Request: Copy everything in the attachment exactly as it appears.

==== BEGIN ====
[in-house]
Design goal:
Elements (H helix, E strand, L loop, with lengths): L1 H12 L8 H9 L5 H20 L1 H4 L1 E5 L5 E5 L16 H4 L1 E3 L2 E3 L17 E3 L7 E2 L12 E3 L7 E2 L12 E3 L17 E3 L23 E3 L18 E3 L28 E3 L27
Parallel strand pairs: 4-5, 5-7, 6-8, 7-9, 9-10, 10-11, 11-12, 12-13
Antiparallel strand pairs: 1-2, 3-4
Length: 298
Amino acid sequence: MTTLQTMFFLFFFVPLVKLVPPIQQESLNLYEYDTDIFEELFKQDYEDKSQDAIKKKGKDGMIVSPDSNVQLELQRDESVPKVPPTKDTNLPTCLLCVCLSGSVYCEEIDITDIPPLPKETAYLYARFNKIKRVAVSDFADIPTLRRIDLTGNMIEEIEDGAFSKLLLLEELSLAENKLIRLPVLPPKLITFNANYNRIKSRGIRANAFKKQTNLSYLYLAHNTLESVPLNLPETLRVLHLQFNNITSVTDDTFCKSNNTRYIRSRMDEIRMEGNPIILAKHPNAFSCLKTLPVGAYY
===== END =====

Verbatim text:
[in-house]
Design goal:
Elements (H helix, E strand, L loop, with lengths): L1 H12 L8 H9 L5 H20 L1 H4 L1 E5 L5 E5 L16 H4 L1 E3 L2 E3 L17 E3 L7 E2 L12 E3 L7 E2 L12 E3 L17 E3 L23 E3 L18 E3 L28 E3 L27
Parallel strand pairs: 4-5, 5-7, 6-8, 7-9, 9-10, 10-11, 11-12, 12-13
Antiparallel strand pairs: 1-2, 3-4
Length: 298
Amino acid sequence: MTTLQTMFFLFFFVPLVKLVPPIQQESLNLYEYDTDIFEELFKQDYEDKSQDAIKKKGKDGMIVSPDSNVQLELQRDESVPKVPPTKDTNLPTCLLCVCLSGSVYCEEIDITDIPPLPKETAYLYARFNKIKRVAVSDFADIPTLRRIDLTGNMIEEIEDGAFSKLLLLEELSLAENKLIRLPVLPPKLITFNANYNRIKSRGIRANAFKKQTNLSYLYLAHNTLESVPLNLPETLRVLHLQFNNITSVTDDTFCKSNNTRYIRSRMDEIRMEGNPIILAKHPNAFSCLKTLPVGAYY